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Theorem: Let $F:X\subseteq \mathbb{R^n}\rightarrow \mathbb{R}$ be of class of $C^1$ and let $a$ be a point of the level set $S=\{x\in\mathbb{R^n}|F(x)=c\}$. If $F_{x_n}(a)\neq 0$ then there is a neighborhood $U$ of $(a_1,a_1\dots a_{n-1})\in\mathbb{R^{n-1}}$, a neighborhood $V$ for of $a_n\in\mathbb{R}$ and a function $f:U\subseteq\mathbb{R^{n-1}}\rightarrow V$ of class $C^1$ such that if $(x_1,x_2,...x_{n-1})\in U$ and $x_n \in V$ satisfy $F(x_1,x_2...x_n)=c$ ,then $x_n=f(x_1,x_2,...x_n)$.

I can't quite understand statement " If $F_{x_n}(a)\neq 0$ then there is a neighborhood $U$ of $(a_1,a_1\dots a_{n-1})\in\mathbb{R^{n-1}}$, a neighborhood $V$ for of $a_n\in\mathbb{R}$ and a function $f:U\subseteq\mathbb{R^{n-1}}\rightarrow V$ of class $C^1$ such that if $(x_1,x_2,...x_{n-1})\in U$ and $x_n \in V$ satisfy $F(x_1,x_2...x_n)=c$, then $x_n=f(x_1,x_2,...x_n)$."Why the statement is true and what idea it talks about?

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So, what exactly gives you trouble here? –  fedja Jan 9 '12 at 12:16
    
As the topic,i dont quite understand the theorem why the statement is ture? –  johnny Jan 9 '12 at 12:19

1 Answer 1

up vote 3 down vote accepted

Proofs of the implicit function theorem are available everywhere on the internet, so I won't repeat a proof here, but I'll give you an idea of what it's talking about.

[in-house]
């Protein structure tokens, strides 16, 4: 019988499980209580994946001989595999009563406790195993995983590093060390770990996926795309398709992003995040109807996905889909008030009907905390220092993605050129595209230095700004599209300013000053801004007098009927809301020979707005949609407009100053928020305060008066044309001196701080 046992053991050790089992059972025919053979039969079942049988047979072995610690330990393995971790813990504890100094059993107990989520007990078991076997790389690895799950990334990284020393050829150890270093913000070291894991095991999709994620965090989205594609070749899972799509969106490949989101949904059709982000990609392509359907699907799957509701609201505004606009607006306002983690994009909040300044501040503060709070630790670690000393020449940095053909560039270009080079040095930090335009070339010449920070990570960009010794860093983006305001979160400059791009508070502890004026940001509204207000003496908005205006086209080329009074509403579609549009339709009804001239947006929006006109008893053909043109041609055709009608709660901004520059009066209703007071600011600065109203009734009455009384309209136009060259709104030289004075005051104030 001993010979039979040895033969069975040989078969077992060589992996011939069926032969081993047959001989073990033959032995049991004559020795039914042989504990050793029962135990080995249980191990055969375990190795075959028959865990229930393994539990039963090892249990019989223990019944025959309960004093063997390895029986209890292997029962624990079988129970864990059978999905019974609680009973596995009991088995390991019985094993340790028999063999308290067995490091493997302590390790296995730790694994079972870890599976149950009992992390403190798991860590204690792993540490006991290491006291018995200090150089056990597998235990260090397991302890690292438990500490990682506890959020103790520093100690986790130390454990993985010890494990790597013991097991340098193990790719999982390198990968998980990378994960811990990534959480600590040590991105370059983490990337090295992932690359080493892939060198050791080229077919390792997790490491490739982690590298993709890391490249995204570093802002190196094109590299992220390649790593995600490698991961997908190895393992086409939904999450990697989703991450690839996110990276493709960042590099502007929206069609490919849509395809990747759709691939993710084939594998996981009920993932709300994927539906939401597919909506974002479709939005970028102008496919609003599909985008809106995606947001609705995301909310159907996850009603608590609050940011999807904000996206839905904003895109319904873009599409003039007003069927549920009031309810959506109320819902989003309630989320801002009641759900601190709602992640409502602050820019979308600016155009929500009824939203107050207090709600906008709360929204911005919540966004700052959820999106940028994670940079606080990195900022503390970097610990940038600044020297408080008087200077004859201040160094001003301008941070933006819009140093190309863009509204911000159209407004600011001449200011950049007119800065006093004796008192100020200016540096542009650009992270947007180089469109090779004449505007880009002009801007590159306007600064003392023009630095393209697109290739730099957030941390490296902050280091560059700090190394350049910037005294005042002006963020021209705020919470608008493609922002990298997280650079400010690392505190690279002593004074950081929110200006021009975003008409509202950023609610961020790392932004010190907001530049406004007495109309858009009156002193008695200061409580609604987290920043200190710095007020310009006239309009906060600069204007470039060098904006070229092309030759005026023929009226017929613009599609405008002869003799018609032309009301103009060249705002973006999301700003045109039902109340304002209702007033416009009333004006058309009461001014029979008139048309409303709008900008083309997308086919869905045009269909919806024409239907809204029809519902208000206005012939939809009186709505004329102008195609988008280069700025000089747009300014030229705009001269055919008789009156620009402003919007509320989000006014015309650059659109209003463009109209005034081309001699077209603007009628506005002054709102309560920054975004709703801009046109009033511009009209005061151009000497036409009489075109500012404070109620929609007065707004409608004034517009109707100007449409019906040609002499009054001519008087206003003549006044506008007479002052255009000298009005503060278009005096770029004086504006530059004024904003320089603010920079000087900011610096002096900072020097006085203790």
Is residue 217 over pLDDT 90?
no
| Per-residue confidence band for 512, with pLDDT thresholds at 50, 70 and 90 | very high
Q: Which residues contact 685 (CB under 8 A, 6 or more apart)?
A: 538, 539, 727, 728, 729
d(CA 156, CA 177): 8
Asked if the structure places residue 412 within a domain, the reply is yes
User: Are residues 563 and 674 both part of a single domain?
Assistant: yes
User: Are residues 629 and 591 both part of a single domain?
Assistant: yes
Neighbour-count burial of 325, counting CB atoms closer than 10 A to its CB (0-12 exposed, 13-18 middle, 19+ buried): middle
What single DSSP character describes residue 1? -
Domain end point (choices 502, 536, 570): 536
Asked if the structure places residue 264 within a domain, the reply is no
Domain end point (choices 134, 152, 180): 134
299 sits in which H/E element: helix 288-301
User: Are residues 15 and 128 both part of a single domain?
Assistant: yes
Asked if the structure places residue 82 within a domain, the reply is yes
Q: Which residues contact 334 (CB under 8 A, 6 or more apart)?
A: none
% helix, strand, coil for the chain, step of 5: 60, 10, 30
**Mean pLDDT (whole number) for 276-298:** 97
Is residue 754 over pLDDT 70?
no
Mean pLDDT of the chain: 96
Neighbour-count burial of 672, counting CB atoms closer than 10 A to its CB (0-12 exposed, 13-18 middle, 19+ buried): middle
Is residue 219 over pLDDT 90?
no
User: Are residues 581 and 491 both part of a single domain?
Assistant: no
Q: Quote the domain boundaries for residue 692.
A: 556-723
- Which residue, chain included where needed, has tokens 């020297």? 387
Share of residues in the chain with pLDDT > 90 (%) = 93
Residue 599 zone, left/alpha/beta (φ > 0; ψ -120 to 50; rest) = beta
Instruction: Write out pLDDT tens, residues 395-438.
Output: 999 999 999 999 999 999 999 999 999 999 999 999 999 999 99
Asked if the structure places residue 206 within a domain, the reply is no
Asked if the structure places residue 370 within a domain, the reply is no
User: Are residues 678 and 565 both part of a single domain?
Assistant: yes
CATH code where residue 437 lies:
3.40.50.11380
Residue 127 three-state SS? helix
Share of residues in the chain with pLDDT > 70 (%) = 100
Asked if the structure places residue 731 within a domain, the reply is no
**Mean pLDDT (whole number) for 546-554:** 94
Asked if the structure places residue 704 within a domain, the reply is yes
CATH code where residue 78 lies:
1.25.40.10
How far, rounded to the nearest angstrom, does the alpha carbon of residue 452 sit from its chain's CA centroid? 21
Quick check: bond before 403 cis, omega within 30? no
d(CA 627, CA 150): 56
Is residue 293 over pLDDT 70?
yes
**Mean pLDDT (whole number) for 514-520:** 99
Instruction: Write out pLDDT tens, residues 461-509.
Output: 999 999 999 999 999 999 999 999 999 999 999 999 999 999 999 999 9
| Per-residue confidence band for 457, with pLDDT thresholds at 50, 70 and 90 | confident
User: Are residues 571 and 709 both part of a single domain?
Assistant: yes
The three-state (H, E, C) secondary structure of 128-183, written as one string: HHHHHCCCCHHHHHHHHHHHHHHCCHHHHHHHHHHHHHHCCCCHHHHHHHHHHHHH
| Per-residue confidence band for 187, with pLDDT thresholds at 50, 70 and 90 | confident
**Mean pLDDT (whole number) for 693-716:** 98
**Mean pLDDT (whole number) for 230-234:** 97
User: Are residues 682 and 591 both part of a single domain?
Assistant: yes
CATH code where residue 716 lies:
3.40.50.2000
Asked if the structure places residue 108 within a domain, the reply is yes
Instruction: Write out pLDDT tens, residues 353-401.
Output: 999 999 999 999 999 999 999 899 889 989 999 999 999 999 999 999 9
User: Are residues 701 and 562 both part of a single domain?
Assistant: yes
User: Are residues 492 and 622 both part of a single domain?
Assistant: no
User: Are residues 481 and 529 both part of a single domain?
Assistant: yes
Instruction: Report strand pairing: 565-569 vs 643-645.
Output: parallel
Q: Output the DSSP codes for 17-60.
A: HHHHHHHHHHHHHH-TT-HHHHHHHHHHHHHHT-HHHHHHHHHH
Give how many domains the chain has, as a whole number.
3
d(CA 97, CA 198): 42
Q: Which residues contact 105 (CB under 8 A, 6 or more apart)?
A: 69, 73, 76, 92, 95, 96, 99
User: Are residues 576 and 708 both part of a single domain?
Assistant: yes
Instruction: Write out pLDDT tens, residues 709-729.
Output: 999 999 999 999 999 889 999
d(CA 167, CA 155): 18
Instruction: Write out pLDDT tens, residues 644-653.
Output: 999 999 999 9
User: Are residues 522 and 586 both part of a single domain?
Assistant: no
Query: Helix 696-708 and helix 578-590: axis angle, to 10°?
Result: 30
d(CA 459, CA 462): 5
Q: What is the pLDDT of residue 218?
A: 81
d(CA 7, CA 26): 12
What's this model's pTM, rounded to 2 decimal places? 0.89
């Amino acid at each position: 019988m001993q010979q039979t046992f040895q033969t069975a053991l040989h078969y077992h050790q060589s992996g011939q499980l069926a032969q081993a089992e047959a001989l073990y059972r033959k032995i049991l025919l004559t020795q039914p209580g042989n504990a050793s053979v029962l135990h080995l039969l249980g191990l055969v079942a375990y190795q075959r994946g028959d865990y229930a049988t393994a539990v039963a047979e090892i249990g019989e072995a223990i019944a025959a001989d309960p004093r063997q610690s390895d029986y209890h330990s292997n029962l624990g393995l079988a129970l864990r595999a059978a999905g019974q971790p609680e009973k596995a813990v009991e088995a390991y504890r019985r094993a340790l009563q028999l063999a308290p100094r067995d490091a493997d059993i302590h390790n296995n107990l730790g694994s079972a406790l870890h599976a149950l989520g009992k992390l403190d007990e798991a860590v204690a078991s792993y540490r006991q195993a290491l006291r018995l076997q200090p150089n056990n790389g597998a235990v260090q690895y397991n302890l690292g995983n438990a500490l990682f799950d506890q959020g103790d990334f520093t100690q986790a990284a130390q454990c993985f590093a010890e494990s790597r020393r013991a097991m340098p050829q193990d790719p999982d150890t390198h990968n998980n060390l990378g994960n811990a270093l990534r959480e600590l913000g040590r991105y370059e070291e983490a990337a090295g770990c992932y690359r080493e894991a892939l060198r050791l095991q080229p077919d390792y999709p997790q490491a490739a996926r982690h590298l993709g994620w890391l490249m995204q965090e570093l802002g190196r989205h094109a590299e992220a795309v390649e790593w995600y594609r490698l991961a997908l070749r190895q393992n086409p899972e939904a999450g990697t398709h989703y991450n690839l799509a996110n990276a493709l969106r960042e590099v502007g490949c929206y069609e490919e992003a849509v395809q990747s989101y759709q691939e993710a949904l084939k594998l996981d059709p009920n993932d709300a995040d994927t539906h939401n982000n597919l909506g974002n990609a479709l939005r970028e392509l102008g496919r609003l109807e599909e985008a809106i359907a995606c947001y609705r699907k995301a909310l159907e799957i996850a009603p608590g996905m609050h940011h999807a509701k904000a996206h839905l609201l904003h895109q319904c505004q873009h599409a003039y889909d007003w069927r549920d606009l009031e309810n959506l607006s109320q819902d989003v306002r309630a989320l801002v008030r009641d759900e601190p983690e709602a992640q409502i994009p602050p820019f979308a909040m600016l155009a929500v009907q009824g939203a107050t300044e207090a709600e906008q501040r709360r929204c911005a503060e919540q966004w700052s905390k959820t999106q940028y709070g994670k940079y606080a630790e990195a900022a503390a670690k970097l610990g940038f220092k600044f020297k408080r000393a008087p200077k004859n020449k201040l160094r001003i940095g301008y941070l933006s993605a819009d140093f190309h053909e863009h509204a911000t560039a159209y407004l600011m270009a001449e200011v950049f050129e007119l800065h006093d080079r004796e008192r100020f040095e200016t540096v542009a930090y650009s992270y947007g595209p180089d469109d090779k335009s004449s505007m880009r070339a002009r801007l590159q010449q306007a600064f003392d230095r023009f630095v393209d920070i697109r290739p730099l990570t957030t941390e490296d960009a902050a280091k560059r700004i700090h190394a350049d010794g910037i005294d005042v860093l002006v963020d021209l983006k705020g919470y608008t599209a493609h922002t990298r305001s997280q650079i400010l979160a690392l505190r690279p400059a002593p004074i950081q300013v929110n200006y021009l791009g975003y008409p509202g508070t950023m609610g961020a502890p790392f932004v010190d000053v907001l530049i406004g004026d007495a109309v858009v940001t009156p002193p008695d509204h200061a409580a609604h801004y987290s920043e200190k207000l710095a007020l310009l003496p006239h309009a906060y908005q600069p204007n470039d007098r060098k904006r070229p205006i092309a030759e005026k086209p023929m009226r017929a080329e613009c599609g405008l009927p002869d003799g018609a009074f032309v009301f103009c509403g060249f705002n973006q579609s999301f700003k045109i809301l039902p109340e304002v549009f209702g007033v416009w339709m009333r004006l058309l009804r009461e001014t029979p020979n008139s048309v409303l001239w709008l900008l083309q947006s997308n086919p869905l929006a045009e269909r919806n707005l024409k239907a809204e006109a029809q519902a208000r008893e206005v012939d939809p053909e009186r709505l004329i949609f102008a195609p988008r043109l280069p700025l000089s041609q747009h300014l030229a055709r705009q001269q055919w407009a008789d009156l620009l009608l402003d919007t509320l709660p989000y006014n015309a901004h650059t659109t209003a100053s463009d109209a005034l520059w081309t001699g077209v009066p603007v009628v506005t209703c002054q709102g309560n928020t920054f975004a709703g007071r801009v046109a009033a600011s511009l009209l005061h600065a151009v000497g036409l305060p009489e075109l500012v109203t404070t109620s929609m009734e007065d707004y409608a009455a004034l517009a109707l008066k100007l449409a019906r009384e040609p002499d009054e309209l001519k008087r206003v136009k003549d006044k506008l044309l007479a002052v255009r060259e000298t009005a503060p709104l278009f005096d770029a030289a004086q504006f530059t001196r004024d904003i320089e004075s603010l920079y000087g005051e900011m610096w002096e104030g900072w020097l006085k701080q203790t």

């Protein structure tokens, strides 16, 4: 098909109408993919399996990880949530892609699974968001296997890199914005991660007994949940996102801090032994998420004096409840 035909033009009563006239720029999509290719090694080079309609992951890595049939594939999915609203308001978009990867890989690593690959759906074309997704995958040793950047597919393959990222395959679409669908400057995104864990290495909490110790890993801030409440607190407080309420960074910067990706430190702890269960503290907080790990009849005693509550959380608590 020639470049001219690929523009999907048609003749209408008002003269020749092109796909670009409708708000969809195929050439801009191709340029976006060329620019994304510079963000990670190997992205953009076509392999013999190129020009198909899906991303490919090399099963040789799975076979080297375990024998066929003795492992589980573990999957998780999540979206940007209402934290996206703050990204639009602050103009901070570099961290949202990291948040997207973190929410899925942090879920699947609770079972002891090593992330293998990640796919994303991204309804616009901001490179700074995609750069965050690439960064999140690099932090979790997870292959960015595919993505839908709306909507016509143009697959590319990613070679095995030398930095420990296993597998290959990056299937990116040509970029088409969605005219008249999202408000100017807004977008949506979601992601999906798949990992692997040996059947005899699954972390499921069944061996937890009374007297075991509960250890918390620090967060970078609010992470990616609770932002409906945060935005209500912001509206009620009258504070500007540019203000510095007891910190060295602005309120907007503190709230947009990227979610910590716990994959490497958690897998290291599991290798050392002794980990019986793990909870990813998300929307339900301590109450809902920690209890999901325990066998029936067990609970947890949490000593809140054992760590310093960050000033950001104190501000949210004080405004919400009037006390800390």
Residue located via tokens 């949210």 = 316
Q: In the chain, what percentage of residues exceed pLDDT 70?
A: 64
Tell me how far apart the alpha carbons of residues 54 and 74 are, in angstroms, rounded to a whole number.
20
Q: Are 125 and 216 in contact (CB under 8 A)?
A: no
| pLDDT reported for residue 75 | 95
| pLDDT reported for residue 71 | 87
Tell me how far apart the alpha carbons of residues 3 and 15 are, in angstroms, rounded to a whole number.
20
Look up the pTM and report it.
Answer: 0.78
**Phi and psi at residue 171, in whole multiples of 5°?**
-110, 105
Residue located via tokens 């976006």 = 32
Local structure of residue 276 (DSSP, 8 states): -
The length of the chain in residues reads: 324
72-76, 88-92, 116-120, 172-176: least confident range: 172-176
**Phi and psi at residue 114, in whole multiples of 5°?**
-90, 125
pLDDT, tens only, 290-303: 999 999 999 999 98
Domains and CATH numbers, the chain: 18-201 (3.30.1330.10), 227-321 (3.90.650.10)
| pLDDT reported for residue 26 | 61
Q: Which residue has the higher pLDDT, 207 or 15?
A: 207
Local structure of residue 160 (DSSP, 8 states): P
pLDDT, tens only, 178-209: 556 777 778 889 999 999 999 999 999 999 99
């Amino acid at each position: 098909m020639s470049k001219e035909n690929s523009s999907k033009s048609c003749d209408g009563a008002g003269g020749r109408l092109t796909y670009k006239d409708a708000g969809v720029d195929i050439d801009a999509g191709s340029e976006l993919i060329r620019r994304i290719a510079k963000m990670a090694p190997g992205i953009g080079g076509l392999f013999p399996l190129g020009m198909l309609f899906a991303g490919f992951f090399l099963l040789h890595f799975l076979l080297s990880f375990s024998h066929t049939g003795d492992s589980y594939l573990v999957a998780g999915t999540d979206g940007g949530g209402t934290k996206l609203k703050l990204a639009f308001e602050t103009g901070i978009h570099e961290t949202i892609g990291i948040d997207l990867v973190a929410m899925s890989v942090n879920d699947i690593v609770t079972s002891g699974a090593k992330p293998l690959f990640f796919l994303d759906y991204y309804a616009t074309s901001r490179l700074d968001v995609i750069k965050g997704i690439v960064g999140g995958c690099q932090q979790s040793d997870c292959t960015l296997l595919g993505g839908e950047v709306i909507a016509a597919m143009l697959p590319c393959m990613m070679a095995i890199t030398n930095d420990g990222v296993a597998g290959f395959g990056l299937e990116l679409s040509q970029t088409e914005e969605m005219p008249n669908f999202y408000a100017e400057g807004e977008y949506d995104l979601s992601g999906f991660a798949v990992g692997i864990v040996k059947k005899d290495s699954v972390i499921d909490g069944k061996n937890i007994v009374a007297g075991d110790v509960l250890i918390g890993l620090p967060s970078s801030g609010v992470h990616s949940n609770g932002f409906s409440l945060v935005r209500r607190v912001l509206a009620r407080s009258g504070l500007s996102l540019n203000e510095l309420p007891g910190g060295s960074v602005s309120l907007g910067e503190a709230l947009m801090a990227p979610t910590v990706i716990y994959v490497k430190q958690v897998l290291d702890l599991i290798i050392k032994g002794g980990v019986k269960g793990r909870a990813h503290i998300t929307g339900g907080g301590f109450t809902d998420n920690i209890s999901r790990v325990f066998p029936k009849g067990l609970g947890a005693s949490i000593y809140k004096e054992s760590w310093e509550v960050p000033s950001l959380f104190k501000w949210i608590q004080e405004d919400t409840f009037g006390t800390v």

The essence of the statement of the theorem is that any nicely behaved subset is locally the graph of a function. (The idea of 'nicely behaved' is made precise in the theorem's statement).

So for example if you plot the unit circle $S^1 \subseteq \mathbb{R}^2$, at any point on the circle which doesn't lie on the $x$-axis, you can find a neighbourhood on which the circle is the graph of a function. So for example we can view the portion of $S^1$ lying in the upper-half-plane as the graph of $\sqrt{1-x^2}$, and the portion in the lower-half-plane as the graph of $-\sqrt{1-x^2}$. Here's a nice illustration from Wikipedia:

In this illustration, the point $A$ has a neighbourhood which projects onto the $x$-axis; and we can recover the neighbourhood of $A$ on the graph by taking the set of points $(x,\sqrt{1-x^2})$ for $x$ in this projection onto the $x$-axis. On the other hand, there is no neighbourhood of the point $B$ which is locally the graph of a function, because it lies on the $x$-axis; this is the significance of the stipulation $F_{x_n}(a) \ne 0$ in your statement of the theorem.

The implicit function theorem takes this idea and places it in the arbitrary finite-dimensional case of functions $\mathbb{R}^n \to \mathbb{R}^m$ and subsets of $\mathbb{R}^{n+m}$, rather than just the case of functions $\mathbb{R} \to \mathbb{R}$ and subsets of $\mathbb{R}^2$. (In fact, your case is slightly less general: it considers functions $\mathbb{R}^{n-1} \to \mathbb{R}$ and subsets of $\mathbb{R}^n$.)

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